11. As soon as it stops blinking, release the pedal, start the car and check the idle (should still be around 700 rpm)
  12. Let the car idle at 700 rpm or so for about 25 seconds, rev the engine a few times and then let it return to idle.
  13. Shut the car down.

You car has now relearned the new air volume, which should be different than it was (stock). You may notice a bit of a rough idle for the next 20 miles. This is normal and will go away. The reason you should make sure idle is around 700 rpm (full warm up) is because the car measures the air curve in relation to idle, so you don’t want to confuse it.

Give that a try and see if it helps.


Also, one last, and REALLY important item.

Take your car to a local mechanic, and have them remove the exhaust header/catalytic convertor, and see if the convertor material is damaged. If it is damaged, you will need to replace the header with another one.

If the material is damaged, it breaks apart, gets sucked into the engine, and causes damage to the cylinder walls of the engine, causing very high oil consumption issues, and eventual engine performance issues.

If you are having to replace a lot of oil in less than a couple thousand miles, this damage might have already occurred, and could be responsible for the idle issues.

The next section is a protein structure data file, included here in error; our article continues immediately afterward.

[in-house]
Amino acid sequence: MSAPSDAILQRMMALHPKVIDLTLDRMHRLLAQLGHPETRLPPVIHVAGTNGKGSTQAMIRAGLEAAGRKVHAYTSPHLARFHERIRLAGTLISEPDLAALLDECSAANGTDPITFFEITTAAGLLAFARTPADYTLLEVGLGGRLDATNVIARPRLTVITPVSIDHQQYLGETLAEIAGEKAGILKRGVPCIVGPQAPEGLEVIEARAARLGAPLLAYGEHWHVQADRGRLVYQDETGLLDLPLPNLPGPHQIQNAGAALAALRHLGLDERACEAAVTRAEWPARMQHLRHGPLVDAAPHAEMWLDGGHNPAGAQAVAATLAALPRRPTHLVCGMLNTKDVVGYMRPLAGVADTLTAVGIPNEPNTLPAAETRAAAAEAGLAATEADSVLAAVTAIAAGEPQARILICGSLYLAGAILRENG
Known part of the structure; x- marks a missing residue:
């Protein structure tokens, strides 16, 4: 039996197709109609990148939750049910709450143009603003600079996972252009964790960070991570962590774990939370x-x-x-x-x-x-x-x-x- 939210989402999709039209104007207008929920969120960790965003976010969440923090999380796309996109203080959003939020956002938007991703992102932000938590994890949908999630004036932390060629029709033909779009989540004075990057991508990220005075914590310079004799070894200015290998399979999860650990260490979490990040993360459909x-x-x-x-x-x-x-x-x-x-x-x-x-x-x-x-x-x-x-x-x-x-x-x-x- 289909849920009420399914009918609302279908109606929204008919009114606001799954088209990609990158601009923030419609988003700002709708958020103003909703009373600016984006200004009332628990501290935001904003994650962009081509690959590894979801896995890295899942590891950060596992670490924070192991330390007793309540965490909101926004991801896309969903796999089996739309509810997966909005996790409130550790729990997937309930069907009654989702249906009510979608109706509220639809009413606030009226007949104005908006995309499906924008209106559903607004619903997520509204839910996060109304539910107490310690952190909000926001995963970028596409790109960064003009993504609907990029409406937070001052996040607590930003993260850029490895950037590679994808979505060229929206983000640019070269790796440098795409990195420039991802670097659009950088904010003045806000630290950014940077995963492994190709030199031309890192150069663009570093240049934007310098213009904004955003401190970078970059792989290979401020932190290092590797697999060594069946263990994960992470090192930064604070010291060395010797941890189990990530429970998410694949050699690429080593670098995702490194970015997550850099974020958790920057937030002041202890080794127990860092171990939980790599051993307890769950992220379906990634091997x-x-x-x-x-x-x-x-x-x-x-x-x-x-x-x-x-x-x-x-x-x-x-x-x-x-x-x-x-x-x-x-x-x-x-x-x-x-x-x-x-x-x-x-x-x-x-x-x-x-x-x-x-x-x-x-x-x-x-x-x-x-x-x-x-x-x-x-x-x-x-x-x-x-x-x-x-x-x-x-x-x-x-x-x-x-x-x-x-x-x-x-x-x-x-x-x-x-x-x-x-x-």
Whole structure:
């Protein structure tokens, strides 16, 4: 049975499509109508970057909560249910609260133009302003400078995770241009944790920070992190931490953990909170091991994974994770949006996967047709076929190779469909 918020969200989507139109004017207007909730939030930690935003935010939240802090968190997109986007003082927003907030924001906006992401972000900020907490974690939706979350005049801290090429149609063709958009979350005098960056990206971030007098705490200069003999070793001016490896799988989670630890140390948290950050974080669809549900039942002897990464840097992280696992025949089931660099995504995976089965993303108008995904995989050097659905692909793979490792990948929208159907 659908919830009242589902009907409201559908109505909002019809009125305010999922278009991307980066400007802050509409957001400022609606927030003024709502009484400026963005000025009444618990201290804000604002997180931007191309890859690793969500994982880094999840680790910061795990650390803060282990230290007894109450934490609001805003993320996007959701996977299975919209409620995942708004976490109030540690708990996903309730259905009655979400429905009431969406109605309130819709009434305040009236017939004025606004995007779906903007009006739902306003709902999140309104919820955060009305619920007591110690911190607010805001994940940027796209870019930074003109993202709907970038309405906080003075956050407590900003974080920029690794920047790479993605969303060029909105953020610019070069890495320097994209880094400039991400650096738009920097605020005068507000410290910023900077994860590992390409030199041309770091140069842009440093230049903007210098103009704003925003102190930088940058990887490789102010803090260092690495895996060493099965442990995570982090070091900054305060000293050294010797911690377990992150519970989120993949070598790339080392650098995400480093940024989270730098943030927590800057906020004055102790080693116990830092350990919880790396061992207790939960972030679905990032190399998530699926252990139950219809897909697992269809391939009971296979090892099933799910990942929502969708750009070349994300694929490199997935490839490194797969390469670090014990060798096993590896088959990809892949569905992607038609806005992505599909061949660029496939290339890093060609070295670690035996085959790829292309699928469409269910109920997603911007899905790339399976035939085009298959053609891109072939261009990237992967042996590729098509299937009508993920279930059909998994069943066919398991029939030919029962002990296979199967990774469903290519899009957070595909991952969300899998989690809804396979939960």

This was a common issue on '02, '03, and some '04 Nissan Altimas with the 2.5 4 cylinder engine.


First off, this car has no carburetor. It is fuel injected. Do you mean a new throttle body?

Secondly, did you visibly check the brake fluid? This car should have an opaque brake fluid reservoir on the master cylinder, so checking the fluid doesn’t require getting your hands dirty.

If the fluid level is near Min, add fluid will probably turn the light off. But, you may need brake pads soon. As the brakes wear, fluid is used to take up the loss in pad thickness. Most of the time, when the light goes on due to low brake fluid, the pads are almost fully worn out.

If the fluid is near Max, your having a potentially dangerous brake problem and should have a qualified mechanic look at them ASAP.

To answer the questions,

  1. High idle can be caused by a vacuum leak, a sticking Idle Air Controller, or an engine that doesn’t heat up properly. Only a proper diagnosis can find the problem.

  2. If you must ‘floor the gas’ on a fuel injected car to get it to start, it is usually a sign of a flooded engine. This is most likely due to a leaking injector. If it happened just the one time, it’s maybe not a real issue just yet. If it happens frequently, you’ll need to get this fixed. It should be easy to find the bad injector by looking at the plugs after another episode.

  3. Depends on the problem. A broken vacuum line is cheap. A new IAC may be costly. Just cleaning the IAC and Throttle body is cheap. A cool engine may be due to a bad thermostat, which should be cheap.

I’d have these issues diagnose and a price quoted before condemning the car. You may have been swindled on the rebuild, but 40,000 miles ago, that’s pretty much a lost cause. These new problems may be dealt with quickly and inexpensively.

High idle can be caused by a vacuum leak, a sticking Idle Air Controller, or an engine that doesn’t heat up properly.